Last week, as Shivakumara Swami of the Siddaganga mutt approached his death, lakhs of Lingayat followers thronged the mutt for a final glimpse of their beloved guru. The entire clan of swamis was present. The sight must have once again raised the hopes of Hindutva proponents that this agrarian community – comprising 17% (some say 30%) of the state’s population – could be converted into die-hard BJP voters.
On January 13, another leading spiritual voice in the state stepped up to advance this hope. Vishwesha Theertha Swamiji, the head of the Pejawara Matha, spoke to the media to endorse a Central government decision against recognising Lingayats as a “separate dharma“.
“The founder of Lingayat dharma, Basavanna, propagated Shiva bhakti which is the same as Veerashaiva dharma,” he said. “Basavanna was a Veerashaiva himself.” Lingayats, he implied, belong to the same belief system as most Hindus.
When the 88-year-old Pejawar Seer speaks, Hindutva gets a new lease of life. He heads one of the eight major mathas in the state, much revered for its rich history and believed to be established by Sri Madhvacharya himself.
He was initiated into sanyasa at the age of eight, grew to be a scholar in Nyaya, Vedanta and associated schools of philosophy, and later became a strong proponent of Hindu dharma. He has argued for Dalit rights, even while defending the ‘separate dining system’ for Madhwa Brahmins and others at the mutt. He has been associated with the Vishwa Hindu Parishad and the Ram Janmabhoomi movement, but in 2017, he also hosted an iftar during Ramzan, disappointing many of his followers.
Throughout, there has been a shortfall – a ‘last-mile connectivity’ problem – when it comes to his efforts at genuine social change. Every party seeks an audience with him, but his ‘Dhritarashtra Prema’ is for the RSS. He does not feign any balance – he has friends across parties but favourites only in the BJP.
So when the Pejawar seer makes a proclamation, one has to interpret his words beyond their obvious meanings.
The birth of Lingayat dharma
The 12th-century social reformer Basavanna, who founded the Lingayath dharma, was born a Brahmin in north Karnataka – but he rejected his identity in the pursuit of an ‘equal society’ where there was no discrimination between castes or gender.
The vachana movement still stands out as a historic radical effort to advance equality among all men and women, and reject the hierarchy of the contemporary order.
Ever since, in both identity and practice, Lingayat dharma has differed from mainstream Hinduism and struggled to retain that identity. The seers of that community have sought the status of a separate religion for at least last four decades.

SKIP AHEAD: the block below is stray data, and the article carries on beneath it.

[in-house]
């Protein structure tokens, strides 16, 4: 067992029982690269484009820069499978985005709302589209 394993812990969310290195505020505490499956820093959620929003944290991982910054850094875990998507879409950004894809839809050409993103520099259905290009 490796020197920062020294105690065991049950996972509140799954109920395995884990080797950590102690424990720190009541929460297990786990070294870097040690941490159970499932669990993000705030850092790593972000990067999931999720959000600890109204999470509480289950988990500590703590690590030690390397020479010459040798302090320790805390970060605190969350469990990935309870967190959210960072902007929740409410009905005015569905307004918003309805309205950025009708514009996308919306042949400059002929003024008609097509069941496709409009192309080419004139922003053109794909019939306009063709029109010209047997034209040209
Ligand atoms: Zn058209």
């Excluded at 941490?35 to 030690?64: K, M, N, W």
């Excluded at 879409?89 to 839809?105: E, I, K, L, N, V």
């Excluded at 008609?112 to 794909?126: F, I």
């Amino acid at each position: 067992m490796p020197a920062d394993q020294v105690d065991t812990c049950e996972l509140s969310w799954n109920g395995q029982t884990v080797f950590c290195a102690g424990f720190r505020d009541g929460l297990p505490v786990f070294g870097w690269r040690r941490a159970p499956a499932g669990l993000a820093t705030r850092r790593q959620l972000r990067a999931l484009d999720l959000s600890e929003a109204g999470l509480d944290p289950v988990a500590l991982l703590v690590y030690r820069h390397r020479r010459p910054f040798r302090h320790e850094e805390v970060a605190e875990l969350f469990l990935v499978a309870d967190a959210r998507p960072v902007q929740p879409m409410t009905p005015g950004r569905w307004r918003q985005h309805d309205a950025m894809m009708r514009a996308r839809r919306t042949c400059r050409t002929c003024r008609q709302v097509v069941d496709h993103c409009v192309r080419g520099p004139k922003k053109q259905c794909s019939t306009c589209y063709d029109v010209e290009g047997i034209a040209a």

The recent campaign started in Bidar in north Karnataka, where lakhs of Lingayats pressed that demand in July 2017. The interpretation of ‘Lingayata’ as standing apart from Hinduism (and opposing Hindutva) was strongly articulated by many members of the community. Two leading voices – M.M. Kalburgi and Gauri Lankesh – have since been shot dead by assassins.
In an attempt to show solidarity, the then chief minister Siddaramaiah advanced the proposal – which was rejected by the BJP government in New Delhi.
Spiritual questions with political impact
The Pejawar swamiji’s reference to Basavanna as a good ‘Hindu’ comes at a crucial moment, when the strategic forces of Lingayata dharma are lying low, and reckoning with how their movement has played out. In this context, the seer’s comment sound more like a political strategy than scholarly reflection.
In Karnataka, the stronghold of Hindutva politics is in Dakshina Kannada, where the conservative Ashta Mathas exercise powerful control over their devotees and followers. But that region is devoid of Lingayats. Dakshina Kannada supports Hindutva politicians, but that region alone cannot win seats to wrest control over power corridors. This has made northern Karnataka essential territory for the advancement of Hindutva and the BJP.
The BJP needs a Lingayat leader like Yeddyurappa, who not only swelled the party ranks but also ensured the community identified with the BJP. For the BJP to retain power, Lingayats are a necessity and not a luxury. The other dominant communities in the state, Vokkaliga and Gowda community, have another party – the Janata Dal (Secular) – to themselves.
In saying Basavanna was a good Hindu, the Pejawar seer has laid the groundwork for the BJP to step up before the next round of elections kick in.